I have always firmly believed in the power of the right book at the right time to save a life.
I’m not being hyperbolic here. I’m being straight up, life or death serious. Maybe it’s because I’ve had books come along that saved my life. I’ve had books that changed the course I was on and made the impossible possible; they opened doors and gave me hope and showed me solutions.
And I’ve seen it happen with other people as well. I’ve handed the right book to the right person at the right moment enough times to know, beyond any shadow of a doubt that stories save lives.
This afternoon I finished a book that left me ugly crying in my hotel room at a literacy conference. I fell asleep reading it last night, and this morning my brain woke me up at 4:30am whisper-shouting “WAKE UP! GET THE BOOK! READ THE BOOK! QUICK, BEFORE YOUR ROOMMATES WAKE UP! READ!” So I snuck out of bed, grabbed my flashlight, built a wee pillow fort to keep my light from spreading, and started reading. At 6 when my roommates woke up and turned on the lights, they caught me sobbing into a pillow.
“Nothing, this book is just SO GOOD!”
They laughed and told me to get up and come hot tubbing. I did. But all day, all I could think about was getting back to The Book.
As soon as conference sessions were over for the day and my colleagues had gone home, I opened the book back up and finished the last few chapters.
As soon as I put it down, I knew EXACTLY who needed to read it. I had a list already formed in my head.
One students needs to read it to know that he is loved and lovable – that nothing about who he is can change that.
Another student needs to read it to reach this exchange, “You’re fighting this war in the worst possible way.”
“I don’t know how to fight it, Dad.”
“You should ask for help.”
“I don’t know how to do that, either.”
Or maybe I needed to read it to get to that line and think of this student, who doesn’t know how to ask for help because he’s never had anyone who knew how to say yes to that request…
So what is this book that broke me open and has me making lists of students who need a copy?
Aristotle and Dante Discover the Secrets of the Universe by Benjamin Alire Saenz. It’s possible you’ve already heard about it, or read it for yourself. It came out in 2012 and I have no idea what I have been doing with the last 5 years of my life that prevented me from reading it sooner. Nor do I know how I’ve lived without this book for so long. And I am not even its primary audience. I am not the person this book was written for.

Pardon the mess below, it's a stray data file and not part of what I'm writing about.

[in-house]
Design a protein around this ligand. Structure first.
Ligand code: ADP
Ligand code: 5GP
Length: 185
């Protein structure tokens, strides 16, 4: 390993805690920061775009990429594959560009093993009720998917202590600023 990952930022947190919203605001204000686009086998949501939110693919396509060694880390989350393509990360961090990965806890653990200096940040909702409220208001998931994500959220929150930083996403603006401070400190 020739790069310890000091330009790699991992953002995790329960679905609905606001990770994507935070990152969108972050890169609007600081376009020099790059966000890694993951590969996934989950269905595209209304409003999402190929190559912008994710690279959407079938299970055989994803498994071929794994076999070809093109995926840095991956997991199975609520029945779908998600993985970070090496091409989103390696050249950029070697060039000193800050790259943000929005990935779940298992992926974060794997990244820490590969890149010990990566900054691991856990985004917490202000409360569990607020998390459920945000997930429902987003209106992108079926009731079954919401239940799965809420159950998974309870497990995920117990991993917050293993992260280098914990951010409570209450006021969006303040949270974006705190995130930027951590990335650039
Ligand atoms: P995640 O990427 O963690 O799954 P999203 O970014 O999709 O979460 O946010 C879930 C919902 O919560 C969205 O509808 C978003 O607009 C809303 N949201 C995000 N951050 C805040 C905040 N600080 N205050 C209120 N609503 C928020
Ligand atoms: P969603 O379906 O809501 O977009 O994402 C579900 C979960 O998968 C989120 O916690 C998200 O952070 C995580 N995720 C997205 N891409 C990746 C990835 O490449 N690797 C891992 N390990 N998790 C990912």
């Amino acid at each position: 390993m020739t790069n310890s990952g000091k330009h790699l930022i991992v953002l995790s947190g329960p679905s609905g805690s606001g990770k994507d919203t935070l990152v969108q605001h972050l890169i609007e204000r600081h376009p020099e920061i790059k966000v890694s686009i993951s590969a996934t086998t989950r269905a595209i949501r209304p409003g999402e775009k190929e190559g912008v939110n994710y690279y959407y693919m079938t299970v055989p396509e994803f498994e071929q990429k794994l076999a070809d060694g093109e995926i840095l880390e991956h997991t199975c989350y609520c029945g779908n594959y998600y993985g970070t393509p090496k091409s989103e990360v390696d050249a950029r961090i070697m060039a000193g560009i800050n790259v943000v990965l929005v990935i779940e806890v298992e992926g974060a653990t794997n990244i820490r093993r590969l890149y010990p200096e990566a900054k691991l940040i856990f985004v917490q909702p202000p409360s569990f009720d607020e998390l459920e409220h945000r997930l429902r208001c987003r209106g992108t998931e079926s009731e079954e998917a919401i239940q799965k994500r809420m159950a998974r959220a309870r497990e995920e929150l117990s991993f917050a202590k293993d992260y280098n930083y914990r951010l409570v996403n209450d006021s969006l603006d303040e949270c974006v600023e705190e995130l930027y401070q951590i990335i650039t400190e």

This beautiful book is a book about friendship. And about love. And about finding yourself, and finding your people – or your person. It’s about finding the person who can be your mirror when your image of yourself has turned into a carnival fun house horror show. It’s about being true, and loyal. It’s about finding the courage to ask the real questions, and wait for the real answers…
It’s also about two Mexican-American boys living in Texas, finding themselves, finding each other, and finding the secrets of the universe.
If you can only read one book this year, this should be on the top of your list. If you know any LGBTQ youth who need to read something beautiful, and hopeful, and real, and deep, and raw – something that will crack open the possibilities of the world… Get them this book. If you know a kid who is kind, and good, but doesn’t get what it means to be LGBTQ, who could be an ally, if only they understood what LGBTQ youth can face, and what they want, and how much more similar they are than different, a kid who just needs a good story to help them remember empathy, give them this book.
Stock this book. Read it yourself. And then start your list. I can guarantee, there are youth in your life who are waiting for this book to fall into their hands, and they’re losing faith. They need this book now. They need it yesterday. They’ll need it tomorrow.
If you don’t think you need a copy, buy an extra for my classroom. My list of students who need this book keeps growing.